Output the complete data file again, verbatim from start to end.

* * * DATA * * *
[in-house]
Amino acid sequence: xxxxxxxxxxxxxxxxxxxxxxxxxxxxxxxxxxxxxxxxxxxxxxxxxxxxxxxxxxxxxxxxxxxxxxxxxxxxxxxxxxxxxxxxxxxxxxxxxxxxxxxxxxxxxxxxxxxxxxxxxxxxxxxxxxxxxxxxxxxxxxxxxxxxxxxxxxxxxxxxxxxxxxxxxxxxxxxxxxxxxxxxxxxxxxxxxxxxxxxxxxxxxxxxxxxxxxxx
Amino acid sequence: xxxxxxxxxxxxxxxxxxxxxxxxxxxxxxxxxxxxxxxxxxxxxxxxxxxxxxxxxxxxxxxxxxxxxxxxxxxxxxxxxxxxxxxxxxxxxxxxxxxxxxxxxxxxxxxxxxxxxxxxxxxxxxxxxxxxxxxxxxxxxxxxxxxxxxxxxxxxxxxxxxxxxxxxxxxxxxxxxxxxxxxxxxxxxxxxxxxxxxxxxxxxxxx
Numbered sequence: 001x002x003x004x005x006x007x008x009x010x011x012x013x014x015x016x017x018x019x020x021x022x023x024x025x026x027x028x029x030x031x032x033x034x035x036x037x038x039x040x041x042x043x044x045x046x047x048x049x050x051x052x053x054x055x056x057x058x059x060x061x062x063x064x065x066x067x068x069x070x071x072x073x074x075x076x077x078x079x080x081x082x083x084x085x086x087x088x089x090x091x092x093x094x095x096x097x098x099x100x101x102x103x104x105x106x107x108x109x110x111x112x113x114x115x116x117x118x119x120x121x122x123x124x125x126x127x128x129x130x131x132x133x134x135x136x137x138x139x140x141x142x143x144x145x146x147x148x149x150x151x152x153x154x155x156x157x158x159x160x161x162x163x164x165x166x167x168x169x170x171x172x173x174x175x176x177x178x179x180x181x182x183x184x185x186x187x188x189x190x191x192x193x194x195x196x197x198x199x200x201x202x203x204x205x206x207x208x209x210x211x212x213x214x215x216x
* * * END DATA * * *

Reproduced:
[in-house]
Amino acid sequence: xxxxxxxxxxxxxxxxxxxxxxxxxxxxxxxxxxxxxxxxxxxxxxxxxxxxxxxxxxxxxxxxxxxxxxxxxxxxxxxxxxxxxxxxxxxxxxxxxxxxxxxxxxxxxxxxxxxxxxxxxxxxxxxxxxxxxxxxxxxxxxxxxxxxxxxxxxxxxxxxxxxxxxxxxxxxxxxxxxxxxxxxxxxxxxxxxxxxxxxxxxxxxxxxxxxxxxxx
Amino acid sequence: xxxxxxxxxxxxxxxxxxxxxxxxxxxxxxxxxxxxxxxxxxxxxxxxxxxxxxxxxxxxxxxxxxxxxxxxxxxxxxxxxxxxxxxxxxxxxxxxxxxxxxxxxxxxxxxxxxxxxxxxxxxxxxxxxxxxxxxxxxxxxxxxxxxxxxxxxxxxxxxxxxxxxxxxxxxxxxxxxxxxxxxxxxxxxxxxxxxxxxxxxxxxxxx
Numbered sequence: 001x002x003x004x005x006x007x008x009x010x011x012x013x014x015x016x017x018x019x020x021x022x023x024x025x026x027x028x029x030x031x032x033x034x035x036x037x038x039x040x041x042x043x044x045x046x047x048x049x050x051x052x053x054x055x056x057x058x059x060x061x062x063x064x065x066x067x068x069x070x071x072x073x074x075x076x077x078x079x080x081x082x083x084x085x086x087x088x089x090x091x092x093x094x095x096x097x098x099x100x101x102x103x104x105x106x107x108x109x110x111x112x113x114x115x116x117x118x119x120x121x122x123x124x125x126x127x128x129x130x131x132x133x134x135x136x137x138x139x140x141x142x143x144x145x146x147x148x149x150x151x152x153x154x155x156x157x158x159x160x161x162x163x164x165x166x167x168x169x170x171x172x173x174x175x176x177x178x179x180x181x182x183x184x185x186x187x188x189x190x191x192x193x194x195x196x197x198x199x200x201x202x203x204x205x206x207x208x209x210x211x212x213x214x215x216x